Catch burgeoning bands like alt-country duo Civil Wars (November 8; $18) at Turner Hall, the smallest (and newest) of three music venues operated by the nonprofit Pabst Theater Foundation inside historic buildings. Built as a social club for German-American gymnasts in 1882, the two-story ballroom resembles an East Berlin relic with its peeled walls and blackened ceiling from fires long ago. Order a PBR Tall Boy ($3) and plant yourself by the sweeping balcony upstairs, where the railing is engraved with names dating as far back as 1920.

4. Insider’s Tip

Wisconsin native Frank Lloyd Wright designed lesser-known homes for working-class families.Photo: Courtesy of Wright in Milwaukee

Wisconsin native Frank Lloyd Wright is best known in Milwaukee for the flying saucer–like Annunciation Greek Orthodox Church in the suburb of Wauwatosa, but get acquainted with some of his lesser-known work by visiting his American System-Built Homes. Designed as affordable homes for working-class families under the guise of “Democratic Architecture” between 1915 and 1916, six of the structures still stand on West Burnham Street, between 28th Street and Layton Boulevard. Though most of their geometric facades hide various states of deterioration, one 800-square-foot bungalow (2714 West Burnham Street) was restored by a nonprofit now offering tours (from $5) of its modest interior.

5. Oddball Day

Leon’s Frozen Custard, a local institution, has been open since 1942.Photo: ChicagoGeek/Flickr

Fuel up for a day of retro fun with a honey latte (from $3.25) and potato-bacon breakfast burrito ($5.45) at Alterra at the Lake. Drive less than ten minutes away to Riverview Antique Market and take your time perusing the booths of 50 dealers selling mostly 18th- through 20th-century folk art and furnishings, including a twenties chrome desk-lamp with attached ashtray ($75, booth #8). Then stop by Old World Third Street to see sausage emporium Usinger’s, which has been open since 1880, before having lunch at Leon’s Frozen Custard, a 1942 drive-in diner serving chili dogs ($1.96), homemade sodas (from $2.76), and custard ($1.20). Minutes away is Holler House (2042 W. Lincoln Avenue, 414-647-9284; $4 per game, plus pin-setter tips), the oldest sanctioned bowling alley in the country. With a little notice, 85-year-old owner Marcy Skowronski will hire a pin boy to work the two basement lanes, or you could just get a Miller shorty ($1.50) at the upstairs bar to hear her tell stories about the bras hanging from the ceiling. Afterward, head to Angelo’s Piano Lounge (1686 North Van Buren Street, 414-347-4144), where a jukebox playing Peggy Lee and Duke Ellington entertains when local performers aren’t reviving Rat Pack–era tunes on a dimly lit stage. Stay in the sixties by meeting your reservation at the supper club–style Five O’Clock Steakhouse. Orders are taken at the bar before you’re seated in a dining room decorated with year-round Christmas lights and mirrored walls. Get the perfectly buttery filet, done as a “kings cut” ($40) or daintier “ladies cut” ($28), and watch it appear shortly after you reach a table already dressed with salad, bread, and a relish tray.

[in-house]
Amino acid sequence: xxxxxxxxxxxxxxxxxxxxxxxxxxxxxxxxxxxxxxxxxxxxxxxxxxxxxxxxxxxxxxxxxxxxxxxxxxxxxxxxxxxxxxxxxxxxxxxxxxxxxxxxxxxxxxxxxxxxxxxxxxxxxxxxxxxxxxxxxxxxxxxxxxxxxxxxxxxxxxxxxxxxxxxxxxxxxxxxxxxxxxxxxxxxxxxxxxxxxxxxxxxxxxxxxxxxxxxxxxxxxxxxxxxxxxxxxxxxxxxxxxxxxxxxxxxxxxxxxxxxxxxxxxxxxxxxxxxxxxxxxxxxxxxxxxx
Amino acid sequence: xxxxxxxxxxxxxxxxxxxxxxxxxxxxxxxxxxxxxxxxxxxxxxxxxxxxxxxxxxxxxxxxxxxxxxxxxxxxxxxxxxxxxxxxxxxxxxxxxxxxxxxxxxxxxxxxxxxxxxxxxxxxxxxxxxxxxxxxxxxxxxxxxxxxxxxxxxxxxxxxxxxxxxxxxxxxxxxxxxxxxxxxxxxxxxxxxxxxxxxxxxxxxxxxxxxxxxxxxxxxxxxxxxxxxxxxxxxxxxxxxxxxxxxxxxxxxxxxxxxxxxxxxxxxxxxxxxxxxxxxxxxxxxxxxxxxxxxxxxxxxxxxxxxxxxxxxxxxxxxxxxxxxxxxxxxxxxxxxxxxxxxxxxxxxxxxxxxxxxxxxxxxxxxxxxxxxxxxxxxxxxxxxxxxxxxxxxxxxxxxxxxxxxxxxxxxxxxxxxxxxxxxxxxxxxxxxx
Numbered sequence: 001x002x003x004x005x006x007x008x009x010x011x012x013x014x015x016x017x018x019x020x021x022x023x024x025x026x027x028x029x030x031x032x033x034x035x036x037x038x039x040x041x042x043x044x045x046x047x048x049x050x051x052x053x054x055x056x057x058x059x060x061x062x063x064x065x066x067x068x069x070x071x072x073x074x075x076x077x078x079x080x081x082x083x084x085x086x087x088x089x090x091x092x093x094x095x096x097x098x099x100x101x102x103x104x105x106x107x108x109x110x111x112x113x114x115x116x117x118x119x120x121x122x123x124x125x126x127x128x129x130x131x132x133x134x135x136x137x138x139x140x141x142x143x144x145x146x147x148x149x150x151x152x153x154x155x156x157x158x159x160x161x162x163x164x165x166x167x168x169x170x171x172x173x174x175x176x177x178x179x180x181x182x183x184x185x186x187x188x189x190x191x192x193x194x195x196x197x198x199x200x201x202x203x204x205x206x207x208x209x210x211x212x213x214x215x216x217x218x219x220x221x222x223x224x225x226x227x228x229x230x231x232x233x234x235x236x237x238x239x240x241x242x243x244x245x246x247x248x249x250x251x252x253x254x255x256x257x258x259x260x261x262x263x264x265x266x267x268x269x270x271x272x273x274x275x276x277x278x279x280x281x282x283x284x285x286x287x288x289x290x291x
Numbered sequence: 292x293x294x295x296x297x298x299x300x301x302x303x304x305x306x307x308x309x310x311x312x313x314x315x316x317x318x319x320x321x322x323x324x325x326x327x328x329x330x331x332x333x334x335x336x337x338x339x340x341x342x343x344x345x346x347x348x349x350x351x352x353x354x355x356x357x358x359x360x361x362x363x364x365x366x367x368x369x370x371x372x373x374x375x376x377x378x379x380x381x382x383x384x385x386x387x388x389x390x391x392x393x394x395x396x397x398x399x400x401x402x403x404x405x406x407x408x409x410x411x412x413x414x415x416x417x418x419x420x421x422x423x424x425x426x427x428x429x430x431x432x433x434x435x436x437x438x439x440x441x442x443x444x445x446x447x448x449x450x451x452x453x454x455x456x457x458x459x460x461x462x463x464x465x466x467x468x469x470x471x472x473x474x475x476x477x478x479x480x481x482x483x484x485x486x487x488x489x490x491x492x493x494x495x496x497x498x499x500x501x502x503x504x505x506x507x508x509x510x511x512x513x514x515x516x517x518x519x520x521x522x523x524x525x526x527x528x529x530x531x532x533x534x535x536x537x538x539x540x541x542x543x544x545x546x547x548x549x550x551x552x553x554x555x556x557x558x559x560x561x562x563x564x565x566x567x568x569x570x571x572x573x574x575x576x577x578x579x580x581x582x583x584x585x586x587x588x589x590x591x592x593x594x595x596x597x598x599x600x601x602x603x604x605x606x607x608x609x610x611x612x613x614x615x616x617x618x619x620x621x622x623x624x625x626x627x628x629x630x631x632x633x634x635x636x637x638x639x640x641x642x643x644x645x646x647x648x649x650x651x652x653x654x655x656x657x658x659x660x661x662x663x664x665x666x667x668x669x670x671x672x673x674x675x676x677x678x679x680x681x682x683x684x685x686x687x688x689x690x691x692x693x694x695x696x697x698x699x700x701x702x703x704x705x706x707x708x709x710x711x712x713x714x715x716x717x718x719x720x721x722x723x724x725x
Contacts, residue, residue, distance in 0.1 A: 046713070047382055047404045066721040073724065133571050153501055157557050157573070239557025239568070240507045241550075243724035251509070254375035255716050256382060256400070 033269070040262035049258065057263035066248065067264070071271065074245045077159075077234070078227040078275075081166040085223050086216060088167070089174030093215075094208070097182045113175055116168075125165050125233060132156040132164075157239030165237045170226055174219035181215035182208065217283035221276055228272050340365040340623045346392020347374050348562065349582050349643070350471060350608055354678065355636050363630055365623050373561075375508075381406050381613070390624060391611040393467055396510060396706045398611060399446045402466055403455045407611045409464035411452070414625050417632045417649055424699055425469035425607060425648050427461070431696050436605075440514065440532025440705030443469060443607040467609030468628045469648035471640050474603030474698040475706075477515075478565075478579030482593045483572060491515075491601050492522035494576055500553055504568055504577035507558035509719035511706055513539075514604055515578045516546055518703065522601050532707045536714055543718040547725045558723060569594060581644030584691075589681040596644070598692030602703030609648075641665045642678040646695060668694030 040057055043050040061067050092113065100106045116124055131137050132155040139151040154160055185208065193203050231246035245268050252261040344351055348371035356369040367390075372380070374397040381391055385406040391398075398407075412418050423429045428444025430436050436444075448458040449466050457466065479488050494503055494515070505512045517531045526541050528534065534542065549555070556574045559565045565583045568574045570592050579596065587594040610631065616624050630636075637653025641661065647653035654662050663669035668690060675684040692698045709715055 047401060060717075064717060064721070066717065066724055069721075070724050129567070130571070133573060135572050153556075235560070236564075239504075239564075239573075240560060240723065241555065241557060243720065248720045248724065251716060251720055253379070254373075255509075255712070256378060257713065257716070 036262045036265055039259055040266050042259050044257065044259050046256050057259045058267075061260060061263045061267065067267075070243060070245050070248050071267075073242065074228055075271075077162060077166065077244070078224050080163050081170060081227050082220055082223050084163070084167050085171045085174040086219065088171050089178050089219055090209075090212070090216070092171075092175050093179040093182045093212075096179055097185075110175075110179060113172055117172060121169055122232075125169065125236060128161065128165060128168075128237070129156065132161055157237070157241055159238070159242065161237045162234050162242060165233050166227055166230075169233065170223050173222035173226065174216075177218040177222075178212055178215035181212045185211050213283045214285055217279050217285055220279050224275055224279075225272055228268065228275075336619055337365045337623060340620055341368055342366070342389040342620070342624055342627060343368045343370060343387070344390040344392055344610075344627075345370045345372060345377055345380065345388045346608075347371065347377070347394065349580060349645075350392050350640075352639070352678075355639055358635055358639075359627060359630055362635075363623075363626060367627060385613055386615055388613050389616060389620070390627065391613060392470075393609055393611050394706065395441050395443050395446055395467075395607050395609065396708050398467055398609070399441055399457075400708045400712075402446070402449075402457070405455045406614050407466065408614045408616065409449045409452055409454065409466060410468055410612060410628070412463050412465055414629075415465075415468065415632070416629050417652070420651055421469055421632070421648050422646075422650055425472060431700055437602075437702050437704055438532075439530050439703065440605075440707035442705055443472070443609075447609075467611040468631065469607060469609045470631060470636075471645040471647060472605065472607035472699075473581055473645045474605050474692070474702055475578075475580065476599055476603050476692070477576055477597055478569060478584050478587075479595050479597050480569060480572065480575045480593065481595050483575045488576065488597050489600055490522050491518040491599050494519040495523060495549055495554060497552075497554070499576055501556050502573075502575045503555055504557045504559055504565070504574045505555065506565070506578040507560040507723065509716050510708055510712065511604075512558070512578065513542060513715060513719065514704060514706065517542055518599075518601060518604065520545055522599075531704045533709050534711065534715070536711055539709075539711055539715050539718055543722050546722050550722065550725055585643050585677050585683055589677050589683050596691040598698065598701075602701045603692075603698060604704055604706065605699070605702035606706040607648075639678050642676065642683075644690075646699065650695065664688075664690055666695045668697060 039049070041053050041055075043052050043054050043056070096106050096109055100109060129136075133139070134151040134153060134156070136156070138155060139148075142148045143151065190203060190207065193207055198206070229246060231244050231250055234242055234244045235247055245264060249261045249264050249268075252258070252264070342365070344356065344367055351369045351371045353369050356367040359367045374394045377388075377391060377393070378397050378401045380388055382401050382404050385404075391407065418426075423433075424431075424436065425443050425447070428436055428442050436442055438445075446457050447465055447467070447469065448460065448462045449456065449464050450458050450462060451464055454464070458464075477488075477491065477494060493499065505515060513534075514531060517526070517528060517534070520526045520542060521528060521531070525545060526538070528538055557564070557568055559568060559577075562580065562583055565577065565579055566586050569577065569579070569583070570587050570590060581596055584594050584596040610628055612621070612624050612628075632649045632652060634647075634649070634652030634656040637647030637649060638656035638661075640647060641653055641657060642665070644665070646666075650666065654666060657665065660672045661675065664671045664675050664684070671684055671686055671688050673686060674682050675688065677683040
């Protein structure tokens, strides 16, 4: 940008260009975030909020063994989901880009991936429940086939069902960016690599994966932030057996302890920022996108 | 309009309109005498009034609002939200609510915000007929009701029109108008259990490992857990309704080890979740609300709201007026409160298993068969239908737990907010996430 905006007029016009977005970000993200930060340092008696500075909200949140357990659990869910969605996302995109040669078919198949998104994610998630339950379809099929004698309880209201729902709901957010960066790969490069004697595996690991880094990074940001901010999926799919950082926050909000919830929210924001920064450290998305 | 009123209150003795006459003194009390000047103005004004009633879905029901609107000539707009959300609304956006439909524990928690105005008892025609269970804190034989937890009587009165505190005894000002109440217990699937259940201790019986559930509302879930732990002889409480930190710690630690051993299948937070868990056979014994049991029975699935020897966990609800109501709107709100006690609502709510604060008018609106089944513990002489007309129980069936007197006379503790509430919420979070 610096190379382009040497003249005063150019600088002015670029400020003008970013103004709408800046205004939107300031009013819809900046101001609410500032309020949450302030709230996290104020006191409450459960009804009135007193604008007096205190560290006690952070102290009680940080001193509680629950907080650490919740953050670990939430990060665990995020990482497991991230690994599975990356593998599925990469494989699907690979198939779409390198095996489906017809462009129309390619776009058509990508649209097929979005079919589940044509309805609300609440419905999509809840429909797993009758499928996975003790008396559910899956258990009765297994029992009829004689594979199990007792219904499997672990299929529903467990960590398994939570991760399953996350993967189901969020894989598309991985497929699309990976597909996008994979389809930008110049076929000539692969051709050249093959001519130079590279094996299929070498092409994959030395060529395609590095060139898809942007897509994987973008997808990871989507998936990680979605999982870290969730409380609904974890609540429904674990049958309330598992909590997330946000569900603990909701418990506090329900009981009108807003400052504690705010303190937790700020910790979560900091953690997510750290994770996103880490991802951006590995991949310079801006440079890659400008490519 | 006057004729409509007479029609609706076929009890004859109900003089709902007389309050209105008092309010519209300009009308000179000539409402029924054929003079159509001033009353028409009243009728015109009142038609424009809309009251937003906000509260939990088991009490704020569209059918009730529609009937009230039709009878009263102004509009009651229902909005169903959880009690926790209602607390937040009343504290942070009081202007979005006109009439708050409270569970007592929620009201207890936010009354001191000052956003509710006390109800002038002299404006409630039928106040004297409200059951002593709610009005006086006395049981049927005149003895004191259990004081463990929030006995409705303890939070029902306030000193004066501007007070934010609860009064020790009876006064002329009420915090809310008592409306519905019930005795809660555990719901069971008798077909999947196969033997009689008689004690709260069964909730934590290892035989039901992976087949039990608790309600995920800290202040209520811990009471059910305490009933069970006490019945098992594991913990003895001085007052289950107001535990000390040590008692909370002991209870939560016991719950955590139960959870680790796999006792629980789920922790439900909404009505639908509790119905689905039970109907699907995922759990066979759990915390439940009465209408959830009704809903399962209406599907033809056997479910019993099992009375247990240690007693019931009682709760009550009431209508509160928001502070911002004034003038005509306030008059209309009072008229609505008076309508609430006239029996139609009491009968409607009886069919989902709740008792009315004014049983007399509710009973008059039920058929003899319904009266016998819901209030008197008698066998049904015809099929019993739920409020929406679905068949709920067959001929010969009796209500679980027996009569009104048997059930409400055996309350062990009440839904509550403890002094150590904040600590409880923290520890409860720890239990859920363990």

6. Links

Whether you’re looking for a good Packers bar or the best breakfasts spots, go to OnMilwaukee, a fine resource for all Brew Town has to offer.

See the city on two wheels by downloading maps from Go Milwaukee and riding along 95 miles of bike lanes.

The Journal Sentinel’s online entertainment calendar covers concerts, gallery openings, and film festivals.

Get the lay of Milwaukee’s premier warehouse district by visiting the Historic Third Ward.

Explore the Newer Side of Milwaukee